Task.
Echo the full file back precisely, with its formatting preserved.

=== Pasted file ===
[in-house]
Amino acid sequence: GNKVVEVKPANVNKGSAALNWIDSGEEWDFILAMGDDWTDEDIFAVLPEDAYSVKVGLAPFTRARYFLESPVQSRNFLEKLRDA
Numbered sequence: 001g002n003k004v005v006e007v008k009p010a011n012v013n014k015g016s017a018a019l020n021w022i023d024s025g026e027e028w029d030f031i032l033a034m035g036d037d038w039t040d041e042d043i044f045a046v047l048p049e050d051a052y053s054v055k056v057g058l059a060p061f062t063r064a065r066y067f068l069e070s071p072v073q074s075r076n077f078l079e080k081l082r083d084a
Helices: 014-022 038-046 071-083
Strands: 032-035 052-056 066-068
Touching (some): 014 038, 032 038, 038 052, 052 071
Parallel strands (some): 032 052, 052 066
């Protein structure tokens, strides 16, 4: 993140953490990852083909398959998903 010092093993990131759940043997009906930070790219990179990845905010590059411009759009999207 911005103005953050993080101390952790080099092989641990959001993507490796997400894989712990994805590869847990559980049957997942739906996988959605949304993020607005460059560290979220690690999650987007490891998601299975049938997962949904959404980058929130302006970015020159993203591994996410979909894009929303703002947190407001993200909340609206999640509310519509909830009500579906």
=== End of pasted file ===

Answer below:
[in-house]
Amino acid sequence: GNKVVEVKPANVNKGSAALNWIDSGEEWDFILAMGDDWTDEDIFAVLPEDAYSVKVGLAPFTRARYFLESPVQSRNFLEKLRDA
Numbered sequence: 001g002n003k004v005v006e007v008k009p010a011n012v013n014k015g016s017a018a019l020n021w022i023d024s025g026e027e028w029d030f031i032l033a034m035g036d037d038w039t040d041e042d043i044f045a046v047l048p049e050d051a052y053s054v055k056v057g058l059a060p061f062t063r064a065r066y067f068l069e070s071p072v073q074s075r076n077f078l079e080k081l082r083d084a
Helices: 014-022 038-046 071-083
Strands: 032-035 052-056 066-068
Touching (some): 014 038, 032 038, 038 052, 052 071
Parallel strands (some): 032 052, 052 066
């Protein structure tokens, strides 16, 4: 993140953490990852083909398959998903 010092093993990131759940043997009906930070790219990179990845905010590059411009759009999207 911005103005953050993080101390952790080099092989641990959001993507490796997400894989712990994805590869847990559980049957997942739906996988959605949304993020607005460059560290979220690690999650987007490891998601299975049938997962949904959404980058929130302006970015020159993203591994996410979909894009929303703002947190407001993200909340609206999640509310519509909830009500579906």